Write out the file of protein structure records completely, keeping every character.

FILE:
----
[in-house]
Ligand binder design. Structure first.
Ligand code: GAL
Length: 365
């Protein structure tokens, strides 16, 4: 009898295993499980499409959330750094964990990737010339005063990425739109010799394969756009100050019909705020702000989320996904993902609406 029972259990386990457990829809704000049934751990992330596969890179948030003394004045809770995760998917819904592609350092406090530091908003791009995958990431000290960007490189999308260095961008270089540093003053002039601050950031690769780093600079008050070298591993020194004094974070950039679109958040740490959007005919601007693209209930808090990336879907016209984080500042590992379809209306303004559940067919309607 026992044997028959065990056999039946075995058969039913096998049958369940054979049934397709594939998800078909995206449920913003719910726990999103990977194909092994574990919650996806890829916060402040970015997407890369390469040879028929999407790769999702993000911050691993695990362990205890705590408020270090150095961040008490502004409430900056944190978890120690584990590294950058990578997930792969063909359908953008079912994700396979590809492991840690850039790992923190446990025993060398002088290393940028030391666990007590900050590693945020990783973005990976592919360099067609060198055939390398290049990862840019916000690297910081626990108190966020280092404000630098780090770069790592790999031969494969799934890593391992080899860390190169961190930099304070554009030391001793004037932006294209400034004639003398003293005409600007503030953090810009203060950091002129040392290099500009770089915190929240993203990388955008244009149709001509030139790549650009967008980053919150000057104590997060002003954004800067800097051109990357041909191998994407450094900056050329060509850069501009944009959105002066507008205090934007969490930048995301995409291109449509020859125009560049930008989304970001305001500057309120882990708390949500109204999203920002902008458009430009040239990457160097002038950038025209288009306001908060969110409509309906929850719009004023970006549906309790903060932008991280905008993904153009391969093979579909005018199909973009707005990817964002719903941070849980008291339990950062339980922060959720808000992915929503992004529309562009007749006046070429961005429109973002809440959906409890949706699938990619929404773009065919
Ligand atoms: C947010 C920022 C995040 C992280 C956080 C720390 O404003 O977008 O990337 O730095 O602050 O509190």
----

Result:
[in-house]
Ligand binder design. Structure first.
Ligand code: GAL
Length: 365
């Protein structure tokens, strides 16, 4: 009898295993499980499409959330750094964990990737010339005063990425739109010799394969756009100050019909705020702000989320996904993902609406 029972259990386990457990829809704000049934751990992330596969890179948030003394004045809770995760998917819904592609350092406090530091908003791009995958990431000290960007490189999308260095961008270089540093003053002039601050950031690769780093600079008050070298591993020194004094974070950039679109958040740490959007005919601007693209209930808090990336879907016209984080500042590992379809209306303004559940067919309607 026992044997028959065990056999039946075995058969039913096998049958369940054979049934397709594939998800078909995206449920913003719910726990999103990977194909092994574990919650996806890829916060402040970015997407890369390469040879028929999407790769999702993000911050691993695990362990205890705590408020270090150095961040008490502004409430900056944190978890120690584990590294950058990578997930792969063909359908953008079912994700396979590809492991840690850039790992923190446990025993060398002088290393940028030391666990007590900050590693945020990783973005990976592919360099067609060198055939390398290049990862840019916000690297910081626990108190966020280092404000630098780090770069790592790999031969494969799934890593391992080899860390190169961190930099304070554009030391001793004037932006294209400034004639003398003293005409600007503030953090810009203060950091002129040392290099500009770089915190929240993203990388955008244009149709001509030139790549650009967008980053919150000057104590997060002003954004800067800097051109990357041909191998994407450094900056050329060509850069501009944009959105002066507008205090934007969490930048995301995409291109449509020859125009560049930008989304970001305001500057309120882990708390949500109204999203920002902008458009430009040239990457160097002038950038025209288009306001908060969110409509309906929850719009004023970006549906309790903060932008991280905008993904153009391969093979579909005018199909973009707005990817964002719903941070849980008291339990950062339980922060959720808000992915929503992004529309562009007749006046070429961005429109973002809440959906409890949706699938990619929404773009065919
Ligand atoms: C947010 C920022 C995040 C992280 C956080 C720390 O404003 O977008 O990337 O730095 O602050 O509190």